Pam Spaulding reports that Dan Choi has been hospitalized and has sought help from mental health practitioners at a Veterans Administration facility.
Choi wrote Pam an email, explaining:
I did not initially want to publicize this but I now realize it is critical for our community to know several things: veterans gay or straight carry human burdens, Activists share similar burdens, no activist should be portrayed as super human, and the failures of government and national lobbying carry consequences far beyond the careers and reputations of corporate leaders, elected officials, High powered lobbyists, or political elites. They ruin lives. My breakdown was a result of a cumulative array of stressors but there is no doubt that the composite betrayals felt on Thursday, by elected leaders and gay organizations as well as many who have exploited my name for their marketing purposes have added to the result. I am certain my experience is not an isolated incident within the gay veteran community.
At the same time, those who have been closest to me know that I truly appreciate their gracious help and mentorship. I am indebted to their hospitality and leadership.
Autumn Sandeen, a veteran herself who participated with Choi in several of the anti-DADT civil disobedience events, adds her thoughts:
What I do know is that Dan did the responsible thing, and decided to seek professional help through the Veterans Administration when he felt he needed help. He is no doubt resting and receiving the help of professionals that he needs. And, he chose to inform people publicly that he is hospitalized, and he is receiving treatment.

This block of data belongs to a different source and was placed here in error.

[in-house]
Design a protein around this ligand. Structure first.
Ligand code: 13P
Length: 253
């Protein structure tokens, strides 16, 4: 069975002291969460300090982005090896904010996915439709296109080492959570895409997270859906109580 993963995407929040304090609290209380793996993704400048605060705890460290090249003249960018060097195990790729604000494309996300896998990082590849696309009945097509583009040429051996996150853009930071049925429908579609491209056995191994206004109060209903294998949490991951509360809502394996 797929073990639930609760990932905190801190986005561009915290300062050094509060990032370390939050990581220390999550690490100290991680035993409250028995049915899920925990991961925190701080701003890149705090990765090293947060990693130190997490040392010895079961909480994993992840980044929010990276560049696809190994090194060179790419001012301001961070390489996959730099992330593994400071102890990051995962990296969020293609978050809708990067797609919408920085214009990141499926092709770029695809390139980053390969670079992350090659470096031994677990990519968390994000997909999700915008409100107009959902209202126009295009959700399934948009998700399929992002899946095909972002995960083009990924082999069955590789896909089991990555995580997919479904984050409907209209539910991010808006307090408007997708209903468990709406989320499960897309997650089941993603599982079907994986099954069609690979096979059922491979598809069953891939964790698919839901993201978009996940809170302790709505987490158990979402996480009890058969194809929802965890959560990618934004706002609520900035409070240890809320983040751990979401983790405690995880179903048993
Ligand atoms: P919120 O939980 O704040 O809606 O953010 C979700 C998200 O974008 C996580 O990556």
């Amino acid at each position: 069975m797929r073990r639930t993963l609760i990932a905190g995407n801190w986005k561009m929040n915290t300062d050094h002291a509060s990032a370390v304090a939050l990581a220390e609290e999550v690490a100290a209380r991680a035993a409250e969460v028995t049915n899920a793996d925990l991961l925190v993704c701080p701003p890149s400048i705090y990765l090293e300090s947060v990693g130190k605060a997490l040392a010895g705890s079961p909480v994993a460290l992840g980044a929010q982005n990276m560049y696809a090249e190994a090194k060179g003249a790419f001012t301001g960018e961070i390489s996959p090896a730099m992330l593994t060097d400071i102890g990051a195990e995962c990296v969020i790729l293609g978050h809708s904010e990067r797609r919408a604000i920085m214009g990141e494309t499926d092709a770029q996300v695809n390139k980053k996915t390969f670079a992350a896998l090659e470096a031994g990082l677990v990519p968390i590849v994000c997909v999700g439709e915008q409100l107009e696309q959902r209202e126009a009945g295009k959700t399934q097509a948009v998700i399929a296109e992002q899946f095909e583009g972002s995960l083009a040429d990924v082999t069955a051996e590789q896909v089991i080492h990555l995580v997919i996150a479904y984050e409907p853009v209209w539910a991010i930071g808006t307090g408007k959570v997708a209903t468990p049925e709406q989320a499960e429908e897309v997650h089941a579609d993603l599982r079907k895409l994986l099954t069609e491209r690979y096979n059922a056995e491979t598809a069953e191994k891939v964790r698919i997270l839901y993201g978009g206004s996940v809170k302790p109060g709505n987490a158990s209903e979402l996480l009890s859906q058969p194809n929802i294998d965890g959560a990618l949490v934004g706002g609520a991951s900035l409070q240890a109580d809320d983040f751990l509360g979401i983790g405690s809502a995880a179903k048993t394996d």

It's too easy to forget that Dan Choi is not just a brave and strong combat veteran, but he's a human being too. I know that from time I've spent with him before engaging in the White House direct actions he truly is brave and strong. He's lived through combat; he's taken upon himself a fight against Don't Ask, Don't Tell for what he hopes will be the benefit of the broad LGBT community. Those are some big stressors Dan has taken upon himself.
I've watched as politicians treat lesbian, gay, and bisexual veterans as if they are political footballs instead of qualified, honorable servicemembers who are prepared to die for their country. I'm sure Dan personally feels treated as less than fully human by many politicians in Washington. Dan's bravery and strength have limitations, and it now appears that he's ran into some of those limits.
Dan isn't alone. There are many, many servicemembers who have seen combat — enduring stresses most of us can't imagine — and yet are still valuable members of society. Dan has been, and still is, a valuable member of his veterans and LGBT communities. Hopefully, when Dan has engaged for awhile in the treatment he knows he needs, he'll again be productive — but hopefully while taking better care of his own needs in the process, and hopefully while better functioning within his own limitations.
I hope that Dan gets the help he needs. He has certainly been and continues to be an invaluable warrior and leader in the fight against "Don't Ask, Don't Tell" and a powerful voice for equality.
We wish him the best.